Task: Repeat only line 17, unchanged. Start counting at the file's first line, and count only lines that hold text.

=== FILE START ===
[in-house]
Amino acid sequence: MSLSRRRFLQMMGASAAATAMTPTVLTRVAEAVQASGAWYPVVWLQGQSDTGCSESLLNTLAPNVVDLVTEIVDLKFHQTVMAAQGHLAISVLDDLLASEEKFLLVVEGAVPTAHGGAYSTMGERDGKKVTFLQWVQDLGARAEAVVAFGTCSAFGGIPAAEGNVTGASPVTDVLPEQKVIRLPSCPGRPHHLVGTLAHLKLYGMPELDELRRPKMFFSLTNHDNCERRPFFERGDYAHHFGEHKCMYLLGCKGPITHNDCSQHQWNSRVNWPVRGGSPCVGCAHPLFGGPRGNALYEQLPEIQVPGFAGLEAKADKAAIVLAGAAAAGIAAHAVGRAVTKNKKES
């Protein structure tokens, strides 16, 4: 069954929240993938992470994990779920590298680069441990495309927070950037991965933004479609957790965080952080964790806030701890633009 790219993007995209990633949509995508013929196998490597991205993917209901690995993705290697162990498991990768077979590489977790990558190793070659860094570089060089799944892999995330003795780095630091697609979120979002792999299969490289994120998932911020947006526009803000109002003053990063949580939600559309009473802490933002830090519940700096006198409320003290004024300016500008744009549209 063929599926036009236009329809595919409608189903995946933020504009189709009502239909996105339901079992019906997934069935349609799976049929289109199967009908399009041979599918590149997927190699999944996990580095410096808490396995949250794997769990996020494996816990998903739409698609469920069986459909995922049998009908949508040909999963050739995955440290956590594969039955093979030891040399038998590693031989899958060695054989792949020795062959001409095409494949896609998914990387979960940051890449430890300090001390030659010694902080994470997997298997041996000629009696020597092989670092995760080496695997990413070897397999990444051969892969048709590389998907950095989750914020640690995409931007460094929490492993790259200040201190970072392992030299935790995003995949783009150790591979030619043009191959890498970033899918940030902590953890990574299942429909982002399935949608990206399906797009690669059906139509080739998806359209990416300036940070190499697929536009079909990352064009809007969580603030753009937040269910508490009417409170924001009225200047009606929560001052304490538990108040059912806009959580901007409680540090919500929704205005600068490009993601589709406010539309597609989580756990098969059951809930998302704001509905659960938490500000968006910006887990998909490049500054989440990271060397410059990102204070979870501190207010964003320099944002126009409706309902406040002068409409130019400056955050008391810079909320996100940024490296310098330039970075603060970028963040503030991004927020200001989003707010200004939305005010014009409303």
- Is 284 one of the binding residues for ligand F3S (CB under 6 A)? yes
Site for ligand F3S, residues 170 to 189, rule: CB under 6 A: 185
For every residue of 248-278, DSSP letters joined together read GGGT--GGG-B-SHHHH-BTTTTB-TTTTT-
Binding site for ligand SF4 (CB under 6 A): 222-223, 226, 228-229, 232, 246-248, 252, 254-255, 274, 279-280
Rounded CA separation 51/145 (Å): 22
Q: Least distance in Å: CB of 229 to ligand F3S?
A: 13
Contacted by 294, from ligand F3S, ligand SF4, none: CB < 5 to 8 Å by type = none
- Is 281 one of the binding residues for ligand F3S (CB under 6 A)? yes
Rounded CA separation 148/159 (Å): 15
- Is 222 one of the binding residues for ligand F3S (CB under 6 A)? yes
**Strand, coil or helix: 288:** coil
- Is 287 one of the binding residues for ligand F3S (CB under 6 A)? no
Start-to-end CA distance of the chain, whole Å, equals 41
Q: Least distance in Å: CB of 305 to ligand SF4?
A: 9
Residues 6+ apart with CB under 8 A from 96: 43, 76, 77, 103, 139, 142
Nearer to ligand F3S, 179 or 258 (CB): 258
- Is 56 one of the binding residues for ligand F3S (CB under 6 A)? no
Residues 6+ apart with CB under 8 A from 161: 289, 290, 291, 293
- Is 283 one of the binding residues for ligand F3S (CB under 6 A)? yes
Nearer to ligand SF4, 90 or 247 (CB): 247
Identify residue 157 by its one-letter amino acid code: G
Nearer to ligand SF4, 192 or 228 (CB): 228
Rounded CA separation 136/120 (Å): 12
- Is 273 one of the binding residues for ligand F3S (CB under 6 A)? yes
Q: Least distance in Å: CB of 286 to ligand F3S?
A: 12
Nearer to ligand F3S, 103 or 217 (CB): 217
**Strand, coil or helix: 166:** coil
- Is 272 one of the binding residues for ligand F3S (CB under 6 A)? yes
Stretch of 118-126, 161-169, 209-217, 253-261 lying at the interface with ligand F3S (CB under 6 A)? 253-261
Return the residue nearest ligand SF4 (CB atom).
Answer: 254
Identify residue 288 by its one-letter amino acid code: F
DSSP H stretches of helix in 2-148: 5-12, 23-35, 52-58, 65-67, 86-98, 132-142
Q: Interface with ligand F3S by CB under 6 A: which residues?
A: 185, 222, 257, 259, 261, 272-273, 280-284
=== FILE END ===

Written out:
Start-to-end CA distance of the chain, whole Å, equals 41